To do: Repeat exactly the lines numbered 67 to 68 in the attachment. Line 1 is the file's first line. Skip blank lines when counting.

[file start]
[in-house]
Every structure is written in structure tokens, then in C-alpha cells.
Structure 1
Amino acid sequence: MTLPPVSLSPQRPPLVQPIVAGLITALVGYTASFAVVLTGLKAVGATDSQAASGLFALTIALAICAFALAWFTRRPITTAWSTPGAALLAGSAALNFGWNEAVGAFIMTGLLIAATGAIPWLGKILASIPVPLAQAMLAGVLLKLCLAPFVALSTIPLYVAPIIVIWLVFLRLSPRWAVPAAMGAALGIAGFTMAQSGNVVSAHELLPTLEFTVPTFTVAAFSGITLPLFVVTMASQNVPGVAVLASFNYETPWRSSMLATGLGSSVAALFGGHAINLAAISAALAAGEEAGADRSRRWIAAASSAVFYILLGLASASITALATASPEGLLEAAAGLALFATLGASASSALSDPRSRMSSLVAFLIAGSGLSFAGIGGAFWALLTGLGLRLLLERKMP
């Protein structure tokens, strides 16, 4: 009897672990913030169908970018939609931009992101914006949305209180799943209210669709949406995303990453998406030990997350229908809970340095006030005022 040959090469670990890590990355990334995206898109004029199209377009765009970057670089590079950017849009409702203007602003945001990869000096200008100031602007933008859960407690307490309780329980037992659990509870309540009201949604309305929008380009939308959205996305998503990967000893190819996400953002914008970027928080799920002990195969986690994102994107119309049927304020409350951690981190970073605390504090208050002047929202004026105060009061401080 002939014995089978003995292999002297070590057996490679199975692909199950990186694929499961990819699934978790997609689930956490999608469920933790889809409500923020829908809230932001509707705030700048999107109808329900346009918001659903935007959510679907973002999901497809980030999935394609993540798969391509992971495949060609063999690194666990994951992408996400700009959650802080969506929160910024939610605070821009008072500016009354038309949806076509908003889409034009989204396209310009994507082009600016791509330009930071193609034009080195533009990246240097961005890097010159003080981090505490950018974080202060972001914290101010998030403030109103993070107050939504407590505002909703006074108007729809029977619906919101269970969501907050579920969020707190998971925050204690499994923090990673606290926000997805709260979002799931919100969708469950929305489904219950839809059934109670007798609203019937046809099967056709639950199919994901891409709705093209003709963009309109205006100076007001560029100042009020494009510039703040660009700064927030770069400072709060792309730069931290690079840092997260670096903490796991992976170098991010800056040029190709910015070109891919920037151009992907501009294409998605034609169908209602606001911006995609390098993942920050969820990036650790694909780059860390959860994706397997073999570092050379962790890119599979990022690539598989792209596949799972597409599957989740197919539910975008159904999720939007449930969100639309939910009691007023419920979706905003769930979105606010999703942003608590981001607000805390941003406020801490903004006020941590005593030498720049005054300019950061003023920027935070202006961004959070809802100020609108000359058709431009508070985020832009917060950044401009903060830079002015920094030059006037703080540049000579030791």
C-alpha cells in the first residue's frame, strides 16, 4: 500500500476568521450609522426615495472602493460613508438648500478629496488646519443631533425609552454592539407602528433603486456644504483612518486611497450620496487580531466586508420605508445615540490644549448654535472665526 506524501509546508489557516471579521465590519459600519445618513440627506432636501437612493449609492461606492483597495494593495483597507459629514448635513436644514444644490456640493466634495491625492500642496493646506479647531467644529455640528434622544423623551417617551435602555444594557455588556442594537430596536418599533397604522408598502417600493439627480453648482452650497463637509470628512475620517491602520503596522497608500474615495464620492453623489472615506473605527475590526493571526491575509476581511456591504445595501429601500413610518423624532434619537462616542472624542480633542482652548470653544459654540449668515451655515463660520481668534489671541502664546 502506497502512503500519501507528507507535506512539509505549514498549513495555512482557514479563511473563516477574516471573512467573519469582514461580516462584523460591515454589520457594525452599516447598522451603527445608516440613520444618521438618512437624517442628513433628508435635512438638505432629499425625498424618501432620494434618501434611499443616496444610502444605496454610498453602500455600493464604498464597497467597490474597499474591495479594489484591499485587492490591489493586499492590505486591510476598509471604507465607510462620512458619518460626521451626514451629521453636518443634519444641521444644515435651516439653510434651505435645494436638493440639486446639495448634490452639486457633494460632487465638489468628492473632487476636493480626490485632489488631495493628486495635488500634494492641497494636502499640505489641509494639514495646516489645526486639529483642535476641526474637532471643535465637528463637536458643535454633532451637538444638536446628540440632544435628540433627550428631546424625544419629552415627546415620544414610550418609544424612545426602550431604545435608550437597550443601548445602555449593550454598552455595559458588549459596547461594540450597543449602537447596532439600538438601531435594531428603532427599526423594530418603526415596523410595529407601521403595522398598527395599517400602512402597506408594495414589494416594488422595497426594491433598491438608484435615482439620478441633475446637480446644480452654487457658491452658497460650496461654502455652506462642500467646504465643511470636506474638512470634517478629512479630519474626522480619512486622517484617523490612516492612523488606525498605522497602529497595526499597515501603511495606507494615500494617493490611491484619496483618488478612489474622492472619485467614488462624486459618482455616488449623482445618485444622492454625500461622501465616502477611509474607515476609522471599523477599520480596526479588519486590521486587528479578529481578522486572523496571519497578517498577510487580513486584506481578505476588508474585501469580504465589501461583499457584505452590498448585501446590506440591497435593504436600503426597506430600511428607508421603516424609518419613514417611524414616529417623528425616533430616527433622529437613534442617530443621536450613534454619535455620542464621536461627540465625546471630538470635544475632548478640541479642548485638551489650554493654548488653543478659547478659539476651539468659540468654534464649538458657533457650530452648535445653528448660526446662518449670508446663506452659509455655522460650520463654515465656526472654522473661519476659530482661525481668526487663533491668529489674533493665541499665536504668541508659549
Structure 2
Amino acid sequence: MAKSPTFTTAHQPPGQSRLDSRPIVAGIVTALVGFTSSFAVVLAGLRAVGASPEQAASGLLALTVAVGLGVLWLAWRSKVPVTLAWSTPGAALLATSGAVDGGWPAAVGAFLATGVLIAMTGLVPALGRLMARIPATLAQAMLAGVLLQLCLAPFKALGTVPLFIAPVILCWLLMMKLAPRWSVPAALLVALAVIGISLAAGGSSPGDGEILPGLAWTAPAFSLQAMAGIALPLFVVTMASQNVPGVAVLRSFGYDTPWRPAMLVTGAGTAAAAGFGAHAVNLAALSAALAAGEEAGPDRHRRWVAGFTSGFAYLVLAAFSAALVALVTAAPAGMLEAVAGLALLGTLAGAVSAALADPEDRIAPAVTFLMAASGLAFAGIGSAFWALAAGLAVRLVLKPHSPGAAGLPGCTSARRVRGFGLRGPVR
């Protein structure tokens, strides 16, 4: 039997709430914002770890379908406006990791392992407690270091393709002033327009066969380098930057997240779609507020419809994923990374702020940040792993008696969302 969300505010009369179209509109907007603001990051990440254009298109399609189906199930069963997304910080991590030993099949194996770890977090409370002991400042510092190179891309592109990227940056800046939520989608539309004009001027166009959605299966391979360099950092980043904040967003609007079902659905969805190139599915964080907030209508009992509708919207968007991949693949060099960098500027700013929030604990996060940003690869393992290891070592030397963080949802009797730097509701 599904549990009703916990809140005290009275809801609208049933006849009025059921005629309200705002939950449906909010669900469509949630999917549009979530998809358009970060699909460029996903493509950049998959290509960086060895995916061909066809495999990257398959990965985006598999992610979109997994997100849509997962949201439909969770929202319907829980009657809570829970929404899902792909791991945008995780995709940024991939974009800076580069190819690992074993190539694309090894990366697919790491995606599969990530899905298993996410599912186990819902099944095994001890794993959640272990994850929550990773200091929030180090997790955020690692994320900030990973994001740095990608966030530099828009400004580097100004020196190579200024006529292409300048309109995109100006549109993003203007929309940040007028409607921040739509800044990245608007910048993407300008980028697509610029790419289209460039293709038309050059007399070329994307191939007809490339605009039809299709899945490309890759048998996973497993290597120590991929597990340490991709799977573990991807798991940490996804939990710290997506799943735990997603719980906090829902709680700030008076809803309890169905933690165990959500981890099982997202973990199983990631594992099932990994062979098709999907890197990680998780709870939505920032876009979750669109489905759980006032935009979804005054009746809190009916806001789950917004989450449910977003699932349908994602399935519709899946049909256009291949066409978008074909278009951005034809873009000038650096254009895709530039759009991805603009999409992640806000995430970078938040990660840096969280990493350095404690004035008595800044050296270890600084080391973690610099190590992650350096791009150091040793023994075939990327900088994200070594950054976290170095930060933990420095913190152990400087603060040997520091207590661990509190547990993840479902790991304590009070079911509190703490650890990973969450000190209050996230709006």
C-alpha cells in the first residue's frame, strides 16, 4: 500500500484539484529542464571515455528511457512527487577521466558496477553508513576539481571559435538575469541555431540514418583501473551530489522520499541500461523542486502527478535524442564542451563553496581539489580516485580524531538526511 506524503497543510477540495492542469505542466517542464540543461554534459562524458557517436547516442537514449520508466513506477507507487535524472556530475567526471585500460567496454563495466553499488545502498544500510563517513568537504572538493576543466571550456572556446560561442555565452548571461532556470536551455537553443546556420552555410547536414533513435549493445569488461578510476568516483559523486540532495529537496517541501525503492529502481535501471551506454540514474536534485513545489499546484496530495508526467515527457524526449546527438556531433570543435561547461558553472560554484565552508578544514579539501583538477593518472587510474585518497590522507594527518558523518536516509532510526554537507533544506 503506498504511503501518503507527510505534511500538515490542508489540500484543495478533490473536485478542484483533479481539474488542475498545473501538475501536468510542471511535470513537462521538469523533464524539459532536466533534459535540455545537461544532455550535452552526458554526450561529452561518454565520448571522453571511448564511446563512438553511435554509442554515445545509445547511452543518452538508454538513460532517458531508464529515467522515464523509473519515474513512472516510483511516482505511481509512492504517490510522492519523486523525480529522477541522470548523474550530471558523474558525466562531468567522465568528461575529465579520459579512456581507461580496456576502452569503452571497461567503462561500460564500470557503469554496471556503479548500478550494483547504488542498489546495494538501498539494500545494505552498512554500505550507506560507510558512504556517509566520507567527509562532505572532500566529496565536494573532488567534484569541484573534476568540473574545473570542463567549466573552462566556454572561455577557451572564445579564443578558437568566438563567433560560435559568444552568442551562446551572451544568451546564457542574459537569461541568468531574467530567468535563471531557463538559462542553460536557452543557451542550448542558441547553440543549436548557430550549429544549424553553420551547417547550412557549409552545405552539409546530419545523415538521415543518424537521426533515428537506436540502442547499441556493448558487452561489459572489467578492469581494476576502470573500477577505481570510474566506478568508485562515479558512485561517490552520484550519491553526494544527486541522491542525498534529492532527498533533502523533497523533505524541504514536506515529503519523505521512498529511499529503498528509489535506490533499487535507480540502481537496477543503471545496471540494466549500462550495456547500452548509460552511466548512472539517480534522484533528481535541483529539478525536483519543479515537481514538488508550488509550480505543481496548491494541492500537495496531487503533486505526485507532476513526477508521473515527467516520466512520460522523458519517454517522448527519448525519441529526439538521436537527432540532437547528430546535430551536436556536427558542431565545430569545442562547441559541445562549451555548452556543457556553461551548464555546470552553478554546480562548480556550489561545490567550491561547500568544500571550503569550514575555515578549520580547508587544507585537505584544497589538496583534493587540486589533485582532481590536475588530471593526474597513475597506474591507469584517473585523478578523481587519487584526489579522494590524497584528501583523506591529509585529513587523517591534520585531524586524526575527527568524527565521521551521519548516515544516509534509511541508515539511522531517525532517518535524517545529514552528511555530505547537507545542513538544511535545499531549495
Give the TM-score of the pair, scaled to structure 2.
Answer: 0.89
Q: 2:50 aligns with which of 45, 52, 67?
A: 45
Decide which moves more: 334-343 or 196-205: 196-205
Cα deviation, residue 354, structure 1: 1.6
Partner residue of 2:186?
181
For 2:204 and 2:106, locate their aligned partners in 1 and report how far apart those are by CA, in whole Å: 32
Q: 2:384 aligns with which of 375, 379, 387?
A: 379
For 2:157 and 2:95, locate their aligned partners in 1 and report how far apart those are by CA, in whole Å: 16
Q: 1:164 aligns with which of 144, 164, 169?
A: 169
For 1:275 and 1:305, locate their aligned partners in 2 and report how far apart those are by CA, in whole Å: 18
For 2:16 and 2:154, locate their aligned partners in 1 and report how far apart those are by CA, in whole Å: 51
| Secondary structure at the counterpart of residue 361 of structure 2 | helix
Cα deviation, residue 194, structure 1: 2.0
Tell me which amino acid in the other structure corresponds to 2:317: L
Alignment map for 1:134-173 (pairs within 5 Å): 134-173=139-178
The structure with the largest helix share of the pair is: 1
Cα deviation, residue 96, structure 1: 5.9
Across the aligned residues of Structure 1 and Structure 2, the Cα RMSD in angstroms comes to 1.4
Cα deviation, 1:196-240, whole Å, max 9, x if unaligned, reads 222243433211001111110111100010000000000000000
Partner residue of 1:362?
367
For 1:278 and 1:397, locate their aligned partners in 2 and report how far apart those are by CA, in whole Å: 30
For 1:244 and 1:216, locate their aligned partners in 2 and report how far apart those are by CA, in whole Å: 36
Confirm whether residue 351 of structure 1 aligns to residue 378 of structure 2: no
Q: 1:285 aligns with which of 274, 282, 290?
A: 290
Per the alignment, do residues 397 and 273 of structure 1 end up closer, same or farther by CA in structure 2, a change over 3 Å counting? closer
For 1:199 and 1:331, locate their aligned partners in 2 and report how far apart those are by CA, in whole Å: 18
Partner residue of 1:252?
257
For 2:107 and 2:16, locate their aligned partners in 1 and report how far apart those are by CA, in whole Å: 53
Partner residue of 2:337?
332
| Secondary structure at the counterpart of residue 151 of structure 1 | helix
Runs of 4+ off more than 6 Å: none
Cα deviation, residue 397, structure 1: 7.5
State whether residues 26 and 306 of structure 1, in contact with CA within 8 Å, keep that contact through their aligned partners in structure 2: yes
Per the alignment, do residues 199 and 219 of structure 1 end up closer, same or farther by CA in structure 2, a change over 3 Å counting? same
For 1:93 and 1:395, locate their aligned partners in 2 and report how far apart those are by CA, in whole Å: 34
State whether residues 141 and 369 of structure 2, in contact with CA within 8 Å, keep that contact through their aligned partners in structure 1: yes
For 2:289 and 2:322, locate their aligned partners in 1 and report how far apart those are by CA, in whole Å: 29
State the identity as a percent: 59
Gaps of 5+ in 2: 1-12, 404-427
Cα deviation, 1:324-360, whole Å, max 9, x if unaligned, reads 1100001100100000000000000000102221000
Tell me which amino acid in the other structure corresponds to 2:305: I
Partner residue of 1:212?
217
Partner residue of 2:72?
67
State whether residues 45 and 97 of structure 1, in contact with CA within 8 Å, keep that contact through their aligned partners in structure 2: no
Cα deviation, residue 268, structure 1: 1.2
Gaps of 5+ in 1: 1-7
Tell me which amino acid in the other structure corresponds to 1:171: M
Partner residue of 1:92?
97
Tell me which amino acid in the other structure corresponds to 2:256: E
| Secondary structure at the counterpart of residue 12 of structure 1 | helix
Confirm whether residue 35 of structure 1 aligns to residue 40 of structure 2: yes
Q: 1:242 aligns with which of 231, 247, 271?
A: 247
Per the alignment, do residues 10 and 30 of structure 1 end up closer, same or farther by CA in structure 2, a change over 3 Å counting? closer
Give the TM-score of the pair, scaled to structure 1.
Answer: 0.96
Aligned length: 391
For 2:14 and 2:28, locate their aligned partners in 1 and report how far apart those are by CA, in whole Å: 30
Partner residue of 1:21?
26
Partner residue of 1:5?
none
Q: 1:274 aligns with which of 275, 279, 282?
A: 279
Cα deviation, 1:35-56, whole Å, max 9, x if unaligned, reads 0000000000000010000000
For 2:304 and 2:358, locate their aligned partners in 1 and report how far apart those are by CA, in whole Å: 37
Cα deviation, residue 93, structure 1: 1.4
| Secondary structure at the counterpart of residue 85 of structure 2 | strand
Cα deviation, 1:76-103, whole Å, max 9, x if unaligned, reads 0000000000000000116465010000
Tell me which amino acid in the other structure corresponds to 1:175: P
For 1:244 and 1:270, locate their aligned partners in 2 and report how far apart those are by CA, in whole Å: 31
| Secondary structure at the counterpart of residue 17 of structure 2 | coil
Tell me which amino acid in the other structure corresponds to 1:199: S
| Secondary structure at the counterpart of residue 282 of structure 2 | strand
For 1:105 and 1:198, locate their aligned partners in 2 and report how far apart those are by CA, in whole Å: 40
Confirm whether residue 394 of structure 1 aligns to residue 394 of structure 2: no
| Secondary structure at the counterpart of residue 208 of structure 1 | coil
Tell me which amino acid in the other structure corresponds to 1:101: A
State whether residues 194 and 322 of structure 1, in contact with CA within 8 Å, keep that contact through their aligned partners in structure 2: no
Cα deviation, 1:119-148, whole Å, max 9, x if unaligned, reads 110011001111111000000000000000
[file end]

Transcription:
Gaps of 5+ in 1: 1-7
Tell me which amino acid in the other structure corresponds to 1:171: M